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Next Generation Employment: Peachy Perks and Abstract Offices (Guest Blog)

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Several years ago now I went for a job interview at a marketing company (who shall remain nameless) and was shocked by what I found. The building was stunning; a glass-fronted, high-spec barn conversion with voice recognition technology at the gates. I pressed the button. A bubbly girl greeted me and invited me in. It was a sort of prelude to what I found inside; various bright young things and beautiful people milling about – most walking barefoot on the thick-piled carpet. One girl had even turned up for work in – get this - her pyjama bottoms.

It gets worse, or better depending on your stance. In place of the ubiquitous padded plastic office chair I was presented with thrift-store sourced leather wingback arm chairs and pouffe’s. Workers were not sat bolt upright in health & safety pleasing positions but were cross-legged or slouching. Instead of the standard issue PC I saw rows of trendy and desirable Apple Macs. Instead of being greeted by the usual white-noise of office chatter, I instead heard blasting out of the office P.A system the latest trendy techno-math-rock group. Standing there in a suit I suddenly felt painfully outmoded. Needless to say, they didn’t think I was a fit either. 

With this in mind, here are some of the more über-trendy offices and working conditions that should appeal to today’s potential young employees:

TheBahnhof in Sweden is The Bomb

It doesn’t get much more unorthodox than the workplace of this Scandinavian Internet provider; their office in Stockholm is an abandoned nuclear bomb shelter – 30ft underground. If that wasn’t enough, conferences are held in a glass-walled, circular structure known as the ‘moon room’.

No corporate ladders at Grip Limited, Toronto   

Let stairs be a thing of the past. Grip Limited in Toronto have come up with a number of office innovations to alleviate the tedium of everyday work - bright orange fun-slides and fireman’s poles anyone? But that’s not all there is to this rather cool glass-and-plastic building. There is an on-site hot tub used not for an end-of-the-day winding down session, but for brainstorms and team meetings. I’d get that application in asap if were you.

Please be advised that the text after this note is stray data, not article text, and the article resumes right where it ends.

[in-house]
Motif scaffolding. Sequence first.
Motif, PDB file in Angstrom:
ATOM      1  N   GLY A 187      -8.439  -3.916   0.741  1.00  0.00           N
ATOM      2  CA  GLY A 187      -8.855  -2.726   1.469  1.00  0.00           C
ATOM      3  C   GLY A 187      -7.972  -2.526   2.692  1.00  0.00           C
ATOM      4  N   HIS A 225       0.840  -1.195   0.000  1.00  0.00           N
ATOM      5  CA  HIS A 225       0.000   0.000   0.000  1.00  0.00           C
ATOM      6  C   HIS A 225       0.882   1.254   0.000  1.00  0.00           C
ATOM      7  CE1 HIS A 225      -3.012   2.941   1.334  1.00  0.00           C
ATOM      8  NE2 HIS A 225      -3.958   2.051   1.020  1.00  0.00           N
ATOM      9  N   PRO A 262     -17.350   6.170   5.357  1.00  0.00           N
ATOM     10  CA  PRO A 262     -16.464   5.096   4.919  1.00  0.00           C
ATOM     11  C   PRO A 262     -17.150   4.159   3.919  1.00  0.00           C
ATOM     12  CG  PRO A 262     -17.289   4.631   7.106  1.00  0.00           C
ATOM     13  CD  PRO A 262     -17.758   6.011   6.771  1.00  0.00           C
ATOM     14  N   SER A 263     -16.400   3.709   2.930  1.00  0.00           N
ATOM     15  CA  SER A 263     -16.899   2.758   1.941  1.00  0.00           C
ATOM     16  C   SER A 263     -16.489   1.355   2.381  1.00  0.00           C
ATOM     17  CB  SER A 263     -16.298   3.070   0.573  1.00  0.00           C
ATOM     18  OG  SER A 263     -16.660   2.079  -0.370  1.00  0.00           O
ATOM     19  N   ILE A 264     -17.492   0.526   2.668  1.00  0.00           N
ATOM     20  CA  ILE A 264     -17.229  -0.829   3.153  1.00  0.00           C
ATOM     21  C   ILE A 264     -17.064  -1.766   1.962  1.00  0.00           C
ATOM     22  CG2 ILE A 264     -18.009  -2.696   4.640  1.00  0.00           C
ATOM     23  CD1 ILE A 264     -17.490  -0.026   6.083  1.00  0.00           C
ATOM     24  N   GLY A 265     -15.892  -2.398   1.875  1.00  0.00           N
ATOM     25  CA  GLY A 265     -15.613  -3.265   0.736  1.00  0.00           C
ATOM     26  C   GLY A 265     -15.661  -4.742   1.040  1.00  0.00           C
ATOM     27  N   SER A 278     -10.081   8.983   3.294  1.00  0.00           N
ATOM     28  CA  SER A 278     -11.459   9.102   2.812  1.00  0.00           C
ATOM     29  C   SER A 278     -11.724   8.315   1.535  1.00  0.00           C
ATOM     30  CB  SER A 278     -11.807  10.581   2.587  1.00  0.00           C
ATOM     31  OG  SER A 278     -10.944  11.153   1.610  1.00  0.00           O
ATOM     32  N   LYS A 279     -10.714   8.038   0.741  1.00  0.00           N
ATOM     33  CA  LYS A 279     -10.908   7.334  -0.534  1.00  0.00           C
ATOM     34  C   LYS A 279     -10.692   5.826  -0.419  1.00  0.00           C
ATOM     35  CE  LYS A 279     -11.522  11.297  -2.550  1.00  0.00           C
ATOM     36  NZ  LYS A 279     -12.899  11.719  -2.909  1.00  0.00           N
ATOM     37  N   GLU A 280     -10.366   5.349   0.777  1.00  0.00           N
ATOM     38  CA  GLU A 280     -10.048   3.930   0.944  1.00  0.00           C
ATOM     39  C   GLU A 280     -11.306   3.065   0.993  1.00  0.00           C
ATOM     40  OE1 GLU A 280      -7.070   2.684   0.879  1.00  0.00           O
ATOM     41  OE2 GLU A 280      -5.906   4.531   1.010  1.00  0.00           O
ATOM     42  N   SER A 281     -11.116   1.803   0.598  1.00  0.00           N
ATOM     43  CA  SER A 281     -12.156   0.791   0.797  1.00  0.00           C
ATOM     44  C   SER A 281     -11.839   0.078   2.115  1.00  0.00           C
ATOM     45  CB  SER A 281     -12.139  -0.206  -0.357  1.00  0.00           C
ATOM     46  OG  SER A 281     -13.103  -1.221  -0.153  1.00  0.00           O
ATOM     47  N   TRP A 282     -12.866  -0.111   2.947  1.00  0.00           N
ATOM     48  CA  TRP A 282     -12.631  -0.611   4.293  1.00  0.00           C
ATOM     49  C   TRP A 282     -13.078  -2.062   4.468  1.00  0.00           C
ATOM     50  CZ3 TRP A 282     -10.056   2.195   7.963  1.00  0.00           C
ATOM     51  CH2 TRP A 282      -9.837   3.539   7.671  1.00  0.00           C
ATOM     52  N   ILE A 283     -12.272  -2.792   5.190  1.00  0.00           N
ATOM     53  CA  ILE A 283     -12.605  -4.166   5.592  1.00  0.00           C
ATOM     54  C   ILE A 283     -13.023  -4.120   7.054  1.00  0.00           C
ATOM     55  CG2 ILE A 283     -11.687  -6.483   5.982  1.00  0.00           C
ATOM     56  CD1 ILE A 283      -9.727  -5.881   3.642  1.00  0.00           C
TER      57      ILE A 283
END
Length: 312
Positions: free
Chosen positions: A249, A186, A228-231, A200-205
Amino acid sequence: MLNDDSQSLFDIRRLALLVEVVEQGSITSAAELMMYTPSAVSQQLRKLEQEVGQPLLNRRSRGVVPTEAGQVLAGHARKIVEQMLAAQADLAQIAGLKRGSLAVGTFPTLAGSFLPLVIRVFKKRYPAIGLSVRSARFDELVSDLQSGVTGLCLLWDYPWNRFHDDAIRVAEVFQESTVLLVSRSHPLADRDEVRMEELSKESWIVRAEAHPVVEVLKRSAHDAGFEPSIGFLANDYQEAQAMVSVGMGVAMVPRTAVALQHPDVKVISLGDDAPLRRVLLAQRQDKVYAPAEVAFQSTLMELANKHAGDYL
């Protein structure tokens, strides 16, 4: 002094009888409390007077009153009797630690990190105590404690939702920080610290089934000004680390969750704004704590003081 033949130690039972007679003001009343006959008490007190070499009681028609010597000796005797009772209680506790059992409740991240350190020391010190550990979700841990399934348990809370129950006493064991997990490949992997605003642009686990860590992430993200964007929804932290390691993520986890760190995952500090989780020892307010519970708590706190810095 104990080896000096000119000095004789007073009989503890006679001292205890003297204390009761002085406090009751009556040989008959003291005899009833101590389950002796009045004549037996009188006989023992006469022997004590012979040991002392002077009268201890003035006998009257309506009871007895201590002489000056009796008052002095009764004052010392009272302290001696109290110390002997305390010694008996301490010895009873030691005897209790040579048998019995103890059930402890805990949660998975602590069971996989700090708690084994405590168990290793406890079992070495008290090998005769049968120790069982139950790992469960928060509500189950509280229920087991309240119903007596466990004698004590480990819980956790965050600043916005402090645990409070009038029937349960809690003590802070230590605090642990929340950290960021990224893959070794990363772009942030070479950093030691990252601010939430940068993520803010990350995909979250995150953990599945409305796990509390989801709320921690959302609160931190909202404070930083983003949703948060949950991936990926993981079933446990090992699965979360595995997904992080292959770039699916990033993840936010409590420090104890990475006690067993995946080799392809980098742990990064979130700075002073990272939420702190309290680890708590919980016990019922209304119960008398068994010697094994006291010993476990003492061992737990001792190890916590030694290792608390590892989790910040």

Bowled over by Google’s perks

Google deserve a mention for some of the rather good perks they offer. Most of these promote team-building through fun and activity – such as bowling and ‘boccie-ball’, but for female (or male?!) employees who need some beauty therapy Google have personnel available to shape your eyebrows.

Mattel offer Something for the weekend

The child in us can only wonder at what the inside of a toy company looks like. In reality it is probably not that exciting. Mattel offer something arguably better; a longer weekend. Work for Mattel and the clock will stop at precisely 1:00 on a Friday. 

Health Before Wealth with Veterans United

Veterans United provide loans to service personnel whether active or retired in order to allow them to buy their own homes. In order to help their staff unwind and get the best loan deals for these veterans, VU have a number of in house masseurs to deal with knotted backs and aching limbs. After massaging all their stress away employees can grab a snack from the salad and fruit bar!

HZDG are not run of the (tread) mill

The CEO of any company needs a place to let off steam and keep their mental and physical fitness at a peak. For Karen Zuckerman, the big cheese at creative agency HZDG, this place was at the gym with her personal trainer. So much did she benefit from this helping hand with her exercise regime that the aforementioned personal trainer now runs an office boot camp for her employees.

Do perks like these really make a difference?

Despite these modern tactics, a recent poll carried out by Career Builder found that ultimately cash was still what it came down to for most employees with 70% of respondents stating that salary increases were the best way to improve staff retention. However, a sizable 58% felt that better job perks would also make a big difference.

The top benefits an employer could offer according to respondents were:

-Flexible Working Schedules
-Recognition (awards and prizes)
-Listening to and acting on feedback from employees

Understandably there are some who would baulk at these highly modern, libertarian takes on the classic office paradigm. Is this progress in action? Workplace evolution? Or is it just a cynical way for an employer to please a new generation of employees and to be seen to be moving with the times…wherever that may be.

What is your opinion?

Vicky works alongside http://www.hrprotected.co.uk/, HR document specialists. She is an avid blogger with a special interest in business, management and personal development subjects. When she is not reading up on the latest tips from 99u she can be found browsing Mashable and reading classic novels.